The private browsing modes on modern browsers leak information about where people have visited, suggests a study.
Available in many browsers, the private modes are not supposed to log information about sites visited.
However, the study found that in many cases the privacy mode was compromised by additions to the browser or extra security on websites.
Many extras that people add to browsers can "completely undermine" the anonymity of private browsing.
Computer scientist Dan Boneh from Stanford University led the study of private browsing modes on the Firefox, Internet Explorer, Chrome and Safari browsers.
The researchers tested when people used private browsing modes by employing adverts that log the state of the machine on which the ad is being displayed.
It found that private browsing was most popular when people visited adult sites.
Private browsing modes typically work by erasing the information logged when any site is visited.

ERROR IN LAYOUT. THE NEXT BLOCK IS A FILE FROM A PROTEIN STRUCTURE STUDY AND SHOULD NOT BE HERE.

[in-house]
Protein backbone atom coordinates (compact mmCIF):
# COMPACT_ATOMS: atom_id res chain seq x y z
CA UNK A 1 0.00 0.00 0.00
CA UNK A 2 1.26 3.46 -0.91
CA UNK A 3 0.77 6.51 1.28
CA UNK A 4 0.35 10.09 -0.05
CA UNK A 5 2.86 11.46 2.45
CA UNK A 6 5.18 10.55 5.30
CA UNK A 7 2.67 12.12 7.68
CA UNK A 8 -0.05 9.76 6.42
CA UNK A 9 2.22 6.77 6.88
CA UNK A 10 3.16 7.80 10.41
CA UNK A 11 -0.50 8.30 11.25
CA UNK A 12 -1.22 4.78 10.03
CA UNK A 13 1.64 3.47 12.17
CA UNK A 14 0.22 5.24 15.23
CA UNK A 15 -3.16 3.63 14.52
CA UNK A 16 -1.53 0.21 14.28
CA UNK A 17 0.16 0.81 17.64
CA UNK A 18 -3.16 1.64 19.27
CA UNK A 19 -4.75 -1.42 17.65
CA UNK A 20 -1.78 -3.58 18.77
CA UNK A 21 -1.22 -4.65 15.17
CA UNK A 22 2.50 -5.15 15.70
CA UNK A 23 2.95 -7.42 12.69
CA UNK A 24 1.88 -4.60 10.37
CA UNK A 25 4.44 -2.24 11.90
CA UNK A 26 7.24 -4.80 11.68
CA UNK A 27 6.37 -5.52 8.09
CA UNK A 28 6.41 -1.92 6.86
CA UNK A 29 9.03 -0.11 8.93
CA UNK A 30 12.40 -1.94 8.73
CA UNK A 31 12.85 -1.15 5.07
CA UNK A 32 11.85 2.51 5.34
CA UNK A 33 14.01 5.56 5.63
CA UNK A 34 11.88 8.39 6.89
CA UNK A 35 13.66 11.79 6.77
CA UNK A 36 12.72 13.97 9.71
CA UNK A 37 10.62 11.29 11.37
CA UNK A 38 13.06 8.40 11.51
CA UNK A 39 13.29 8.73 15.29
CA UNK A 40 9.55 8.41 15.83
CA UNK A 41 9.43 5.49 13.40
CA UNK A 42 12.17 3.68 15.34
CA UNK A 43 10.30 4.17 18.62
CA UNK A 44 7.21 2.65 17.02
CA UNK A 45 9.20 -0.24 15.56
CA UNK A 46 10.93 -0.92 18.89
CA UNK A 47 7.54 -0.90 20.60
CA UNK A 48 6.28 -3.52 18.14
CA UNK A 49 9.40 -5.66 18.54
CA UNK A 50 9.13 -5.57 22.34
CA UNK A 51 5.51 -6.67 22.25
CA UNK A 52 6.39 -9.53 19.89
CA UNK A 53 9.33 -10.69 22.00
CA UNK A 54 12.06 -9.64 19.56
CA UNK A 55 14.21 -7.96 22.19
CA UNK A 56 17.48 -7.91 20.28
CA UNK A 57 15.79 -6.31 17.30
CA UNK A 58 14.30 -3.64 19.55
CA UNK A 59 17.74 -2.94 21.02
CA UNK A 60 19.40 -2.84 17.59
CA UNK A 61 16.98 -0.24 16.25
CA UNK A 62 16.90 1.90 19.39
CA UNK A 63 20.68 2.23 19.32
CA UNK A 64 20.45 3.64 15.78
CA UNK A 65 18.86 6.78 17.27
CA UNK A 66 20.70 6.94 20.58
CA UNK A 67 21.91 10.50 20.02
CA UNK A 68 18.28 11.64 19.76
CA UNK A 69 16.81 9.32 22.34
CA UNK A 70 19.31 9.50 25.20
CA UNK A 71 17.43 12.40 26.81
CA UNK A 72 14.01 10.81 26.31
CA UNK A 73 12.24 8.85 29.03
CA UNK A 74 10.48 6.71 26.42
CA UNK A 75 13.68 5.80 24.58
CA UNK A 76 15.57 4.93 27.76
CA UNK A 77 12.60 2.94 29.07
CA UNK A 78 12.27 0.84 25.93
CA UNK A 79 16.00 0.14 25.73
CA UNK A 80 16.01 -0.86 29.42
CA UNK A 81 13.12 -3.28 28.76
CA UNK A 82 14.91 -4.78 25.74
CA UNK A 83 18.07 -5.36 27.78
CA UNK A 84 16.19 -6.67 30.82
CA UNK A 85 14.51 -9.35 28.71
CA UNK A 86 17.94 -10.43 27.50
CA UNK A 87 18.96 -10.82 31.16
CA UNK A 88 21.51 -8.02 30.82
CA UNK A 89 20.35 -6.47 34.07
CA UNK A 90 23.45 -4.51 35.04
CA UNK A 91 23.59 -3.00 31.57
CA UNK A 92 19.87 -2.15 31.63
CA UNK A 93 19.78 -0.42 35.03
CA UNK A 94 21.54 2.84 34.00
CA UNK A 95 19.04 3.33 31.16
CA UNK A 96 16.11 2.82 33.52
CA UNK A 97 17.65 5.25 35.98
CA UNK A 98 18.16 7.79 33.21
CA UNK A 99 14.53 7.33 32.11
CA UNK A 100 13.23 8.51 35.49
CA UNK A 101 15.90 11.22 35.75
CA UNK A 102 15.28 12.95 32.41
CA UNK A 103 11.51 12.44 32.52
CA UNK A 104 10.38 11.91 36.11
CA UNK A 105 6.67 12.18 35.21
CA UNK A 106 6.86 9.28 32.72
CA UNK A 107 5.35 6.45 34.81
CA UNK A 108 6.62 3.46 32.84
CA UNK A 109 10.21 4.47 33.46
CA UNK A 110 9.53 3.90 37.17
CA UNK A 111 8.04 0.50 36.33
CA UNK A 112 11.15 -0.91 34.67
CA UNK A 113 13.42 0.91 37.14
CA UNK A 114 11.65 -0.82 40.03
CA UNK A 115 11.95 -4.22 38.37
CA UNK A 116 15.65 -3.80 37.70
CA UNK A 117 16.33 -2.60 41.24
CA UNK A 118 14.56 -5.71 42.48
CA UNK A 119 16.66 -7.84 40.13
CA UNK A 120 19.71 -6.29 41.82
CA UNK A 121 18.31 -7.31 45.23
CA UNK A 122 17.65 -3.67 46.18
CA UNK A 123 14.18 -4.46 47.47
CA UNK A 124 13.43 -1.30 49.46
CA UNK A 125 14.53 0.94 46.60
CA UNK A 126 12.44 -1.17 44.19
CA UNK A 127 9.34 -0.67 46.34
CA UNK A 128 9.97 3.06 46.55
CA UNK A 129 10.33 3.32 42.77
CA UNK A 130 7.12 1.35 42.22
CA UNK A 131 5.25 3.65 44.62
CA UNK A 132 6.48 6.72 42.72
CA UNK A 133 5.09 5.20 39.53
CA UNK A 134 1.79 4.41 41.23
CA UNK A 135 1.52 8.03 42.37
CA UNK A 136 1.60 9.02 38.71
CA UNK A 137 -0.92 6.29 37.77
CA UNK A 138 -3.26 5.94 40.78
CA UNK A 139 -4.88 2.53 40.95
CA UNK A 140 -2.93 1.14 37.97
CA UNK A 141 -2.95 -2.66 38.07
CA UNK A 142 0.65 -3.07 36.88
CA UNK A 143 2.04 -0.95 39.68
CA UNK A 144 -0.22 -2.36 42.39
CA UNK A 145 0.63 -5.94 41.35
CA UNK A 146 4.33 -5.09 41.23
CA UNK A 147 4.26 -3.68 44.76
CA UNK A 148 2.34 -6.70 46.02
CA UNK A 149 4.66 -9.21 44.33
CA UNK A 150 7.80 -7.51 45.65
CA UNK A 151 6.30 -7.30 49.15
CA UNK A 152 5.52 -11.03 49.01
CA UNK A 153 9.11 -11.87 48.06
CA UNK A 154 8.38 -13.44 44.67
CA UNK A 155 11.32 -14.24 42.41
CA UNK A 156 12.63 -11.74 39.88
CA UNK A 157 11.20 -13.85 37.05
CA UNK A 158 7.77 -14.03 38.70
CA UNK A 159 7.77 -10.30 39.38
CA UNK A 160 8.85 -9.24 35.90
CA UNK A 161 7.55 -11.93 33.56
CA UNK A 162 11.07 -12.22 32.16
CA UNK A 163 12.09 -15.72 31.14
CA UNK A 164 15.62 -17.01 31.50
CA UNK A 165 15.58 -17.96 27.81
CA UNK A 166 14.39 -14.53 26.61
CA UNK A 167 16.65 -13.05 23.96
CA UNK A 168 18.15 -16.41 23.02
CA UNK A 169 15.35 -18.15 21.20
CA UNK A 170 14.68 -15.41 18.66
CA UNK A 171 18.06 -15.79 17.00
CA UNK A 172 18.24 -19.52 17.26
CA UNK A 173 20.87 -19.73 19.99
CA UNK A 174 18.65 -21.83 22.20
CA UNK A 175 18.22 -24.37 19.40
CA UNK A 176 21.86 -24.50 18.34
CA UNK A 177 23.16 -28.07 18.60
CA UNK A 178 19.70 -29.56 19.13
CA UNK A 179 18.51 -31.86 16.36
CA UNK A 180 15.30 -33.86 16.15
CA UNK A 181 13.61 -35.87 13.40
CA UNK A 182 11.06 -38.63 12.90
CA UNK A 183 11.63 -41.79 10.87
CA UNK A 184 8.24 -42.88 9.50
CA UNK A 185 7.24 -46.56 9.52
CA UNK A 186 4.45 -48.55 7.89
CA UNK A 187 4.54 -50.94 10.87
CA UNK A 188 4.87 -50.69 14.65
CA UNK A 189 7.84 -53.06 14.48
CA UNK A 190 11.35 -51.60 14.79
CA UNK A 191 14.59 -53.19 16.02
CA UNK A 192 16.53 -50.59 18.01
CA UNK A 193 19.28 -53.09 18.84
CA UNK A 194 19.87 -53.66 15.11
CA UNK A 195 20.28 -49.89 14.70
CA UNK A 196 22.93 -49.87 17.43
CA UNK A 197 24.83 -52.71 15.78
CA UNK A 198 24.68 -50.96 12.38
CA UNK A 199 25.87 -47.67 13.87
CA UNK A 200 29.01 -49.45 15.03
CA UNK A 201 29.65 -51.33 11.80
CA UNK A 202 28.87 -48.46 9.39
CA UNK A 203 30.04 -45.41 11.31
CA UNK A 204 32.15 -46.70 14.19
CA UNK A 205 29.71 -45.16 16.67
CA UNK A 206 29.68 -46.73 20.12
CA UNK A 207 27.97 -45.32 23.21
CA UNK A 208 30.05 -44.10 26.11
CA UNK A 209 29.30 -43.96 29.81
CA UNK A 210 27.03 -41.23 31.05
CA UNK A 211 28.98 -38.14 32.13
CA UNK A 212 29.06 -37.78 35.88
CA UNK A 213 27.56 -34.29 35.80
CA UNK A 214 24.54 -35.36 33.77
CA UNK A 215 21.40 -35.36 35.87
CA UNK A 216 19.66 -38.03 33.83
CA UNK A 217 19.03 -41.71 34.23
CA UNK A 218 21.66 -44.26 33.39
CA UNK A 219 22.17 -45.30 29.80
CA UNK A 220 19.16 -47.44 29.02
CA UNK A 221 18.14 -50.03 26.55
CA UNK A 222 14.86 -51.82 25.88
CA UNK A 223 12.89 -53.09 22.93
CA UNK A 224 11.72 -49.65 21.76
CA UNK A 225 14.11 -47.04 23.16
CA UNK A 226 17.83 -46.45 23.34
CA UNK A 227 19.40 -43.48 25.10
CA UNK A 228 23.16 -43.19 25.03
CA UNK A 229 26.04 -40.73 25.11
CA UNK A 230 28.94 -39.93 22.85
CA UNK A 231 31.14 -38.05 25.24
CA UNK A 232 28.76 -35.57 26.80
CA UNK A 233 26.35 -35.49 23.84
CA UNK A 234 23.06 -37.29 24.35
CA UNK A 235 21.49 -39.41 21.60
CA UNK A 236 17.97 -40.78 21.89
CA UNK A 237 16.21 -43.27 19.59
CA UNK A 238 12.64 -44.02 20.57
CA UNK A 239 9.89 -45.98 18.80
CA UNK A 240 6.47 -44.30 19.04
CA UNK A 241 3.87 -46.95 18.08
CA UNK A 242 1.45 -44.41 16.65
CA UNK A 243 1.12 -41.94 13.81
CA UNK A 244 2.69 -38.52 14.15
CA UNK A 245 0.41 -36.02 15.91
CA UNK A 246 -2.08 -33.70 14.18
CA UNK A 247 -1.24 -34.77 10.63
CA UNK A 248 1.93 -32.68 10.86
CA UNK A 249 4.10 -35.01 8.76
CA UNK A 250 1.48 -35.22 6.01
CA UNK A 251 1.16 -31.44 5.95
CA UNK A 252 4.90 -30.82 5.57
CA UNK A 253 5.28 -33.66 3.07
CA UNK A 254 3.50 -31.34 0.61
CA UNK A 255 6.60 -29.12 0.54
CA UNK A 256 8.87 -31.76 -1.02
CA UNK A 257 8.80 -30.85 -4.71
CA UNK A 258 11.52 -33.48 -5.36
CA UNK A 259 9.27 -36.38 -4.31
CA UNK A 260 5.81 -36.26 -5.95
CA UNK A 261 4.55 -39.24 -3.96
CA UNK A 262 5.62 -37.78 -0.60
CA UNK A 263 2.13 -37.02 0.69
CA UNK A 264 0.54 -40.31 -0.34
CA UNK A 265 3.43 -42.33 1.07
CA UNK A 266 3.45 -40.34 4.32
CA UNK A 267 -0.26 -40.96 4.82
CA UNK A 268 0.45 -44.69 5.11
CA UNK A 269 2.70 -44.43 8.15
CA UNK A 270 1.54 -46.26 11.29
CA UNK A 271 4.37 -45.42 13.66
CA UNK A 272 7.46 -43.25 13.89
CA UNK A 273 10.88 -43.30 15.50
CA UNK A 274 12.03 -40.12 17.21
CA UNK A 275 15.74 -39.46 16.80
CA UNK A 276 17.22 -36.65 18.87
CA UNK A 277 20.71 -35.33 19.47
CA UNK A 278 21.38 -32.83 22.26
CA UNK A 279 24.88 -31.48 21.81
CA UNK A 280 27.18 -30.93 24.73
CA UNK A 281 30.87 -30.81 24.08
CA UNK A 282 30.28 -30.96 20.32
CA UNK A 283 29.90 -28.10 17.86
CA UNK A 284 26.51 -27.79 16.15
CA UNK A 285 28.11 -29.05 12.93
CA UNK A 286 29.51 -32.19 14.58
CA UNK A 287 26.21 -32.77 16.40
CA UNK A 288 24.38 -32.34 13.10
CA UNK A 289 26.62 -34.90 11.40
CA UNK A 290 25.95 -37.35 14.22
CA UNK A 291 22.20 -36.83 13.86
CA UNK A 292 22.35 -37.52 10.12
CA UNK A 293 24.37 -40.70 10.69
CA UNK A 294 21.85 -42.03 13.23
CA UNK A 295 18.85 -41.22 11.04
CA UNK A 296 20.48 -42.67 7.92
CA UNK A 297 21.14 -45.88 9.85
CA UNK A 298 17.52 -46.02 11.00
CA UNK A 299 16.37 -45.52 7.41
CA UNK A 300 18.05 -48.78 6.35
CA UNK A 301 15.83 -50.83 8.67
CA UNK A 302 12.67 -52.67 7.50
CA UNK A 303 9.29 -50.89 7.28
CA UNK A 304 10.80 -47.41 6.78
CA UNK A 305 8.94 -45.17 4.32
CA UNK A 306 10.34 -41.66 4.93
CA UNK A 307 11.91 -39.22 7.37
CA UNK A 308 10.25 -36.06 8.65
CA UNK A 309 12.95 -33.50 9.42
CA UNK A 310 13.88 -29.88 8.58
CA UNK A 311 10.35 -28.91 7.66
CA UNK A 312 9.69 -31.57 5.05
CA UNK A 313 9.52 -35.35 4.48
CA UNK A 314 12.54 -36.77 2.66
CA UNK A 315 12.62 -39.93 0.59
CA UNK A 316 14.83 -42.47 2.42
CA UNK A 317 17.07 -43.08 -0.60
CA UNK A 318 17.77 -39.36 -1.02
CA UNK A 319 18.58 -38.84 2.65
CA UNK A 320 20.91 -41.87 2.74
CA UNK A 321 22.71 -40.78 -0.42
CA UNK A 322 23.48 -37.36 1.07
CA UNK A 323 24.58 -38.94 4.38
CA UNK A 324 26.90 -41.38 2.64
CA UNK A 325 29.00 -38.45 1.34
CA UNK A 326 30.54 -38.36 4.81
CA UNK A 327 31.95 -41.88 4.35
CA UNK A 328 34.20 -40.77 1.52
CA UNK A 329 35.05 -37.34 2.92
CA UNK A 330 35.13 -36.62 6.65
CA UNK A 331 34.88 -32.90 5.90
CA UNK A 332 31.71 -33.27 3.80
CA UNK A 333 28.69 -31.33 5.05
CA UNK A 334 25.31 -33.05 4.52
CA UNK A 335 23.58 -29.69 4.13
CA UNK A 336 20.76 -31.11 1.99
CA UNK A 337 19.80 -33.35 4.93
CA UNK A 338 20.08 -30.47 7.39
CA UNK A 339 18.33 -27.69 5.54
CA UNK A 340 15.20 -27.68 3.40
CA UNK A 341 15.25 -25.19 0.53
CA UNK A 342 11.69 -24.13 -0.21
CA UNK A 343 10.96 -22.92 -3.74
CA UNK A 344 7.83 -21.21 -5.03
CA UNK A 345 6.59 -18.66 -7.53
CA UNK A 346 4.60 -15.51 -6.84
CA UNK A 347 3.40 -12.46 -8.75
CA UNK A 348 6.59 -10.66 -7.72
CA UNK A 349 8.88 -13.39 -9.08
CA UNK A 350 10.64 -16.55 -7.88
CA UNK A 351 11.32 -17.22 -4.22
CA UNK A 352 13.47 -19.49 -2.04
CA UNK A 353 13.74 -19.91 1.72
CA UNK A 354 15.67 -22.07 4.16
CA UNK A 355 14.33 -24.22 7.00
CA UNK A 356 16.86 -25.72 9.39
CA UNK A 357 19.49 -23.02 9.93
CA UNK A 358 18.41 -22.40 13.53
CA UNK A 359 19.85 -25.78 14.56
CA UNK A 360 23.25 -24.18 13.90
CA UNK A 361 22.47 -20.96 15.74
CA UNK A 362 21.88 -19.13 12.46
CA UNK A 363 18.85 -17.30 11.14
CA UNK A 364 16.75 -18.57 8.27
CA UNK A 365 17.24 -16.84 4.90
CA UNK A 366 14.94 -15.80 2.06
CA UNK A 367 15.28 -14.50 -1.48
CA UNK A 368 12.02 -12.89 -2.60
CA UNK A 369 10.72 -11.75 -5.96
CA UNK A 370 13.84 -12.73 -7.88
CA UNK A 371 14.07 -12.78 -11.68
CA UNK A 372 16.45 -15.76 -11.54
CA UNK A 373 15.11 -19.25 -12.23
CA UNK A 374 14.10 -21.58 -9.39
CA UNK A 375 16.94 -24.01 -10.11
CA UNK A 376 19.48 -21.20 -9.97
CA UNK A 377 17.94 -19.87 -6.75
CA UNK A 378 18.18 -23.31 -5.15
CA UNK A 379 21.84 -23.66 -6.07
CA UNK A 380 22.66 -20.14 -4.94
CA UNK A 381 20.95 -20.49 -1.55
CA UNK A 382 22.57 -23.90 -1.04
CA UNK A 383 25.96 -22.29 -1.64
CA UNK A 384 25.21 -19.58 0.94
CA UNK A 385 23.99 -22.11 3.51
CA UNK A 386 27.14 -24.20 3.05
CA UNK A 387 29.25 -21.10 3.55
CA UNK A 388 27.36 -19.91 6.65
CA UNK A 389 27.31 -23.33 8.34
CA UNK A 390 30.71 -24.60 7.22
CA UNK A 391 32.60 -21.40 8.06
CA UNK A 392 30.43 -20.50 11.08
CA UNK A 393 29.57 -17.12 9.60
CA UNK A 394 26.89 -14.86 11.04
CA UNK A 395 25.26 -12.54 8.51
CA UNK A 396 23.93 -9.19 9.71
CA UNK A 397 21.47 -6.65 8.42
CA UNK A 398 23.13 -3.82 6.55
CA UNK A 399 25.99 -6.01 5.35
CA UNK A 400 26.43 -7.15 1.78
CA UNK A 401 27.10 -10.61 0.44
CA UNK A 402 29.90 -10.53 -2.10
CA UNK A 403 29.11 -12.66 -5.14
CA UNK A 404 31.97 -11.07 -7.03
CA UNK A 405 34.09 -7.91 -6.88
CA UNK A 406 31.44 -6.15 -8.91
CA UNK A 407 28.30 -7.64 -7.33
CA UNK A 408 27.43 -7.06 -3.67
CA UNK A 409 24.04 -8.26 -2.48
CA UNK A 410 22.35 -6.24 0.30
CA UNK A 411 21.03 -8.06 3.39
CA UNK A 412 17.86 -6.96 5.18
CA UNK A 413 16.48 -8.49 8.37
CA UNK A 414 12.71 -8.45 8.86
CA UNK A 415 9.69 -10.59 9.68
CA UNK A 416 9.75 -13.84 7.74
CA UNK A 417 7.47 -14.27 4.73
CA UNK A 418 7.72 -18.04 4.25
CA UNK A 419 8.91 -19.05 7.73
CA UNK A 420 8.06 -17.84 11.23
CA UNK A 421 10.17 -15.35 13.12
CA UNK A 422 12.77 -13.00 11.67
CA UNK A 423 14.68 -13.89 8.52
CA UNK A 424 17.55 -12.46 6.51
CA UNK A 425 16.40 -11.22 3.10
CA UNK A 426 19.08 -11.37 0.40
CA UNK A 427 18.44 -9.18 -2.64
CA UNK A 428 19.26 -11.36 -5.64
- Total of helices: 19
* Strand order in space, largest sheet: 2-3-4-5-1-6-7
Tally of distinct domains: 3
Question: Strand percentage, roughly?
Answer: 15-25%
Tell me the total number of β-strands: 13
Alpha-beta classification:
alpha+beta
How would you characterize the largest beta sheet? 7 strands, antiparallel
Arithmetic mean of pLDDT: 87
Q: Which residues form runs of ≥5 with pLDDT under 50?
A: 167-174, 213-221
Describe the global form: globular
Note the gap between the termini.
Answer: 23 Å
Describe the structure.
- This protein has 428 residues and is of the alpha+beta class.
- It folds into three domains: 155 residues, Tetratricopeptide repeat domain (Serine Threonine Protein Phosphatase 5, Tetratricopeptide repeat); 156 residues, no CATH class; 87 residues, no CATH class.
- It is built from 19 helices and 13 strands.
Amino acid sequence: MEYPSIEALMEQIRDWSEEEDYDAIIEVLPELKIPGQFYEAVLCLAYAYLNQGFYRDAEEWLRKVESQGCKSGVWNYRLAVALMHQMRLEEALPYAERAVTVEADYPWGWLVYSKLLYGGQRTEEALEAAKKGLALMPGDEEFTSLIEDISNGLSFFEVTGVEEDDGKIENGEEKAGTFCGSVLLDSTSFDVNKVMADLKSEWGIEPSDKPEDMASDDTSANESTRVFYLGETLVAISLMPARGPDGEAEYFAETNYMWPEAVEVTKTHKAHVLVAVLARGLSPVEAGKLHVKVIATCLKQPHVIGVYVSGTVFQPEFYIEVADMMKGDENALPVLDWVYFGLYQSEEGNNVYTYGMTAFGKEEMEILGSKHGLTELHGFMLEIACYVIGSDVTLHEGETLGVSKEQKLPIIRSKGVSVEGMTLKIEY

These logs include small text files known as cookies, entries on a history file and data put in the browser's cache.
However the study found that other ways in which a browser logs data were often left undisturbed at the end of a private browsing session.
This occurred, for example, if the site being visited used security systems such as those which protect data sent back and forth during web purchases.
Add-ons or plug-ins for browsers, particularly those that help with searching, also readily log information that the private browsing mode was supposed to delete, found the study.
The researchers concluded that, in some cases, these weaknesses were able to "completely defeat the benefits of private mode".
The paper will be presented at the Usenix Security conference which is being held in Washington, DC from 11-13 August.
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